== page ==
How Can Socialization Help You?

An important factor many will overlook when it comes to our elders care, is the importance of socialization and companionship. This can have a huge impact on their care because of the amount of good it can do in their transition. What are the ways that it can help? Socialization and companionship can help by helping improve their quality of life, keep them from feeling lonely and depressed, and finally keeping them active which will have a big impact in the long run.

There are a variety of ways that socialization can help your loved one improve their quality of life. Elders who get out and interact and spend more time with people during cold/flu season actually get fewer colds and illnesses than those who spend most of their time alone. Increasing their immune system will help them spend less days at the doctor’s office or the possible need for hospitalization due to complexities of illness.

Socialization can help your loved one from feeling lonely or depressed due to isolation. Symptoms of depression and memory problems affect many elders. Socialization can produce positive effects by improving mood and memory. My grandfather has always has a tendency to be a homebody, and doesn’t mind spending his days alone. However, when we made our time to see him and asked him to tell stories of his trinkets he had all over his house, he would light up. My Grandfather was a chief of a Tlingit tribe, and he never would talk very much until you brought up traditions or pictures, and he could go on for hours. That is why I can relate to how socialization is important for our elders, plus each elder is full of knowledge and stories that can be entertaining for everyone included.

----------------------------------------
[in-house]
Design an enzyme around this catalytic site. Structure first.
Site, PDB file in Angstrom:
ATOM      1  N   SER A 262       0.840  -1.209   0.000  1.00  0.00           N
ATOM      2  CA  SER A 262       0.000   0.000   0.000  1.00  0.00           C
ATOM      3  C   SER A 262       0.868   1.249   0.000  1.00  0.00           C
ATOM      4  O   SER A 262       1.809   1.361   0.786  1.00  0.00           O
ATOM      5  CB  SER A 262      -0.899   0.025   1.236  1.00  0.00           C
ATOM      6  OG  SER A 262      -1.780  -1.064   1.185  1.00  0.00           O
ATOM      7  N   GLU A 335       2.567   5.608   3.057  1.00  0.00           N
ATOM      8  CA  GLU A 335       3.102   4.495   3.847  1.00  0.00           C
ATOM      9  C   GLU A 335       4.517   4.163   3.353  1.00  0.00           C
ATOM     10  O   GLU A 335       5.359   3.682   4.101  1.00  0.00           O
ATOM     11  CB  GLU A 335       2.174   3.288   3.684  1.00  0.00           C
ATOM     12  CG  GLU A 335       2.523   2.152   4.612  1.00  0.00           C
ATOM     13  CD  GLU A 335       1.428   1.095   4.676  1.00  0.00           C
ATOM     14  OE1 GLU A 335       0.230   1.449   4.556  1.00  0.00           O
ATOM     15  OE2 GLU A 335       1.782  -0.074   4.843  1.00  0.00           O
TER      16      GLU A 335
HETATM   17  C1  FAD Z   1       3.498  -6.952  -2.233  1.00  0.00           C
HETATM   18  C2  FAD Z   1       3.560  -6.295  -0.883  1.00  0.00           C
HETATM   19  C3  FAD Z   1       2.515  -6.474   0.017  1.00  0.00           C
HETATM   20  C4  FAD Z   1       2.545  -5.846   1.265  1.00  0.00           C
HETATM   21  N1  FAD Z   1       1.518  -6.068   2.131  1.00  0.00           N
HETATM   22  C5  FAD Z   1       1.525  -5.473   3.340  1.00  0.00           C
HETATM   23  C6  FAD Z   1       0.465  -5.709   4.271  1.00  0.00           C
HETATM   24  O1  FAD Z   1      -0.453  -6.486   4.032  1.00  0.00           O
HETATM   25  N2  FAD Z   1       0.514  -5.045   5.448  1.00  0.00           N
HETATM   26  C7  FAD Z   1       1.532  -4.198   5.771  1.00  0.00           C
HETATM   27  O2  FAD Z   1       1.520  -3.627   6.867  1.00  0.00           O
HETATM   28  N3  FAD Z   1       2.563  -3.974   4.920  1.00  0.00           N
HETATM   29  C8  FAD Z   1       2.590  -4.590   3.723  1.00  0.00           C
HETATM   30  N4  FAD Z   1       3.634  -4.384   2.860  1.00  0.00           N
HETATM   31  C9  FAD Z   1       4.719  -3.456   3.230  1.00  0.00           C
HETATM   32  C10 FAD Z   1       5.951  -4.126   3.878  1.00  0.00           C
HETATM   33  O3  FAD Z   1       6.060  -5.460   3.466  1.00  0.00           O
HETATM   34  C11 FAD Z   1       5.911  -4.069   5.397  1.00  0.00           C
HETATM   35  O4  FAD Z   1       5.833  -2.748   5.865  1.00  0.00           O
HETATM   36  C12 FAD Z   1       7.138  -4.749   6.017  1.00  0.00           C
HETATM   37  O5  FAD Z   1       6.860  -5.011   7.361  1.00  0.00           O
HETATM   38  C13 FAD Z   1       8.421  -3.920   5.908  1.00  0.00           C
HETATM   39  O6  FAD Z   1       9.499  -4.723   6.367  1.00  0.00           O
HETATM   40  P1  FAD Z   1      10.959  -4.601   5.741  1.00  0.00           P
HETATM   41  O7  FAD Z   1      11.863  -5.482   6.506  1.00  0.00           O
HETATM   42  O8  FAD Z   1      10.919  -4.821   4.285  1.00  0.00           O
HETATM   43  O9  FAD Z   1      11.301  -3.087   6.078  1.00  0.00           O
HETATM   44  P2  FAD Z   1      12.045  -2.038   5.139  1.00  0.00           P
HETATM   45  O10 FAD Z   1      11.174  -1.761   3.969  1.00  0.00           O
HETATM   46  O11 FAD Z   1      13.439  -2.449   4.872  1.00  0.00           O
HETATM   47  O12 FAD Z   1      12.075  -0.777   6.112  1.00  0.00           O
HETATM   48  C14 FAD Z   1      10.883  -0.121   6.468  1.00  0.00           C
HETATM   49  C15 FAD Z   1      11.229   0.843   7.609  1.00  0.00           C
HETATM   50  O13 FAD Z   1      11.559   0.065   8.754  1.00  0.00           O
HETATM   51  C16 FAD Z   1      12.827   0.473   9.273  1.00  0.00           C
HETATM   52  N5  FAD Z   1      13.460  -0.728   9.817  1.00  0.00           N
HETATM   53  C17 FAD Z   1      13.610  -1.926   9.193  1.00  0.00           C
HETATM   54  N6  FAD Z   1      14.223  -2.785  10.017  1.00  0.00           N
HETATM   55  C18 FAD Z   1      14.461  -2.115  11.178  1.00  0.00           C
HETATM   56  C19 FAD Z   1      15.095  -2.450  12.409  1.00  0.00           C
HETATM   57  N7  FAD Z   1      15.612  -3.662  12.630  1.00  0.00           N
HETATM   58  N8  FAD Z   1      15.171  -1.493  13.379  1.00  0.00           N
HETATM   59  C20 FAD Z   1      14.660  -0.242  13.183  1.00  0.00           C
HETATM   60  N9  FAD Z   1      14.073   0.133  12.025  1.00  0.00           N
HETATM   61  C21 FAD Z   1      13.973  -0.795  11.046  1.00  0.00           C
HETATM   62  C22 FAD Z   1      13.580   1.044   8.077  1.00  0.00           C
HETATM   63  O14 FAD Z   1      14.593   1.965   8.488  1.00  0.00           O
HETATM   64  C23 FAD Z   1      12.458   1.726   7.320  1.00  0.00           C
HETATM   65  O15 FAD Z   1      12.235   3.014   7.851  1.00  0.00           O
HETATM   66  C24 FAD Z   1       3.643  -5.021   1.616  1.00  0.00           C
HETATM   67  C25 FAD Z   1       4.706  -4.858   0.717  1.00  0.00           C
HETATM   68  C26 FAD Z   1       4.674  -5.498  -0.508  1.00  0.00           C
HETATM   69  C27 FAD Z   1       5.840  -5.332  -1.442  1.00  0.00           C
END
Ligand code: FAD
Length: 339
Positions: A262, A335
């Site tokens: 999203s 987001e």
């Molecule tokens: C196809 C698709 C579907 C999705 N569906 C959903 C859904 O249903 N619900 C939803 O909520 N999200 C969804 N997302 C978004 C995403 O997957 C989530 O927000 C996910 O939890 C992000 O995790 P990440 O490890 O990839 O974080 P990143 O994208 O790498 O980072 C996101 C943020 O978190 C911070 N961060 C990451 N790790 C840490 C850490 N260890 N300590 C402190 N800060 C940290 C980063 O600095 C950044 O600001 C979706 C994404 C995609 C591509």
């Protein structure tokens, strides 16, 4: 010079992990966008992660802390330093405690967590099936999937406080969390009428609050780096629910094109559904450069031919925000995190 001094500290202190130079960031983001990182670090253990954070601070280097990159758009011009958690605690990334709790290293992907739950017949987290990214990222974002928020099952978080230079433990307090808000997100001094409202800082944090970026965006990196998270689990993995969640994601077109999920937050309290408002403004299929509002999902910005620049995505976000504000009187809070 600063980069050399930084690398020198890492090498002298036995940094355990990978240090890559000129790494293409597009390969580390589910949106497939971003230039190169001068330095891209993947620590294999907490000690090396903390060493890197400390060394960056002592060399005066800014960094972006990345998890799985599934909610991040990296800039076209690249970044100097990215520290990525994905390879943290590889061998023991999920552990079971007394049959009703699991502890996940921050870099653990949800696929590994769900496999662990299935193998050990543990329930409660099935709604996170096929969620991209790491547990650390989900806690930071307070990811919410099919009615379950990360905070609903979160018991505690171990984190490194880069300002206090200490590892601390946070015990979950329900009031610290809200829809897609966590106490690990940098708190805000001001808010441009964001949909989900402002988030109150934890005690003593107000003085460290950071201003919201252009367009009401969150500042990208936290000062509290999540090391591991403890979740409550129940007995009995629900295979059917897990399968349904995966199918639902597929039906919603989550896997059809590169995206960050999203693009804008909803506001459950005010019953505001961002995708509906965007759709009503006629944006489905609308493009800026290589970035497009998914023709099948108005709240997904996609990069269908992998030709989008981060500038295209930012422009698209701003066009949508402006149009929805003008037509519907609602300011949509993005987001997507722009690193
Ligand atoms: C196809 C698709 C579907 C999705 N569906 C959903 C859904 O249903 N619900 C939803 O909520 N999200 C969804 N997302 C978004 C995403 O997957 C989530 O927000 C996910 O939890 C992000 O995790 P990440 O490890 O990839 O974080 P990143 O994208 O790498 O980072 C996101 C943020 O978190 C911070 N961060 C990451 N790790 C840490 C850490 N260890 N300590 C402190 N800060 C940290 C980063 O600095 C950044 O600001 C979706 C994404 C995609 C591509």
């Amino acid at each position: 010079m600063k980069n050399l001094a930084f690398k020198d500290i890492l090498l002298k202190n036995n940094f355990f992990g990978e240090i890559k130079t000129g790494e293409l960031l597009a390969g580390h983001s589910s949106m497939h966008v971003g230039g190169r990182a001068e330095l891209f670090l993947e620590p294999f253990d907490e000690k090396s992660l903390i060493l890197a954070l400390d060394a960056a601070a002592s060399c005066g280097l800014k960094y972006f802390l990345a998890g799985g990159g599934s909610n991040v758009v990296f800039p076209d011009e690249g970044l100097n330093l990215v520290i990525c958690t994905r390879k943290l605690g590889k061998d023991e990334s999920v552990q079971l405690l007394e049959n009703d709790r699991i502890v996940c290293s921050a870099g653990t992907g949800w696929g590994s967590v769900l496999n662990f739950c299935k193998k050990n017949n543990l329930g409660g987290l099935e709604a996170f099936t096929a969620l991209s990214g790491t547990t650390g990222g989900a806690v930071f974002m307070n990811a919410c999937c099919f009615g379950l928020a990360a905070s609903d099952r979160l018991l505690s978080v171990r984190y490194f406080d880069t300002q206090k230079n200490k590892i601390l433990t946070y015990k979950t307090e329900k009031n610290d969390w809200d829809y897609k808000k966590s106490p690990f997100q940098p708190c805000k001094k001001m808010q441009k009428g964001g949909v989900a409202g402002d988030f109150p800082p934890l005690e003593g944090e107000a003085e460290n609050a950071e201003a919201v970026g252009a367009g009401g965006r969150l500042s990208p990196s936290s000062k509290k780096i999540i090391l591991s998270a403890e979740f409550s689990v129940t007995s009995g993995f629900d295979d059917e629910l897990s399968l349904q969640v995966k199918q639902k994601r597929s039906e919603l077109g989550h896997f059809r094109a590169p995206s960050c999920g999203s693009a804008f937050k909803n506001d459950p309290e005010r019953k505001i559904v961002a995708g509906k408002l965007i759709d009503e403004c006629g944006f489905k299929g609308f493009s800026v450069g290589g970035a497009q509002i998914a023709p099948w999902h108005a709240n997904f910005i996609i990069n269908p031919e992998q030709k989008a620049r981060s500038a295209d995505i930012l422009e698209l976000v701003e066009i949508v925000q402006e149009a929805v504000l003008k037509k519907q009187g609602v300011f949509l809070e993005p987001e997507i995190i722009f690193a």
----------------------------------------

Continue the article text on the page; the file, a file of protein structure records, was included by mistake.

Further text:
A final way Socialization is important is by getting out loved ones up and out of the house. This helps them stretch and get moving which helps their joints and muscles. Being stuck in a chair or bed for long periods of time by themselves will cause their body to decline faster than one who is able to get up and move. My grandfather would be completely content staying in his recliner all day and watch his history channel. We try to avoid this by getting him out to the park, to different events going on, or taking him to a place that he would truly enjoy, such as the museum or the heritage center.

Creating friendships and getting your loved one out and socializing can create a great impact on them in the long run from health, to mood, memory, and keeping active. A little bit can go a long way and would be much appreciated by your loved ones. A great local resource for further information is our local Anchorage Senior Activity Center for more tips or current activities you can bring your loved one to.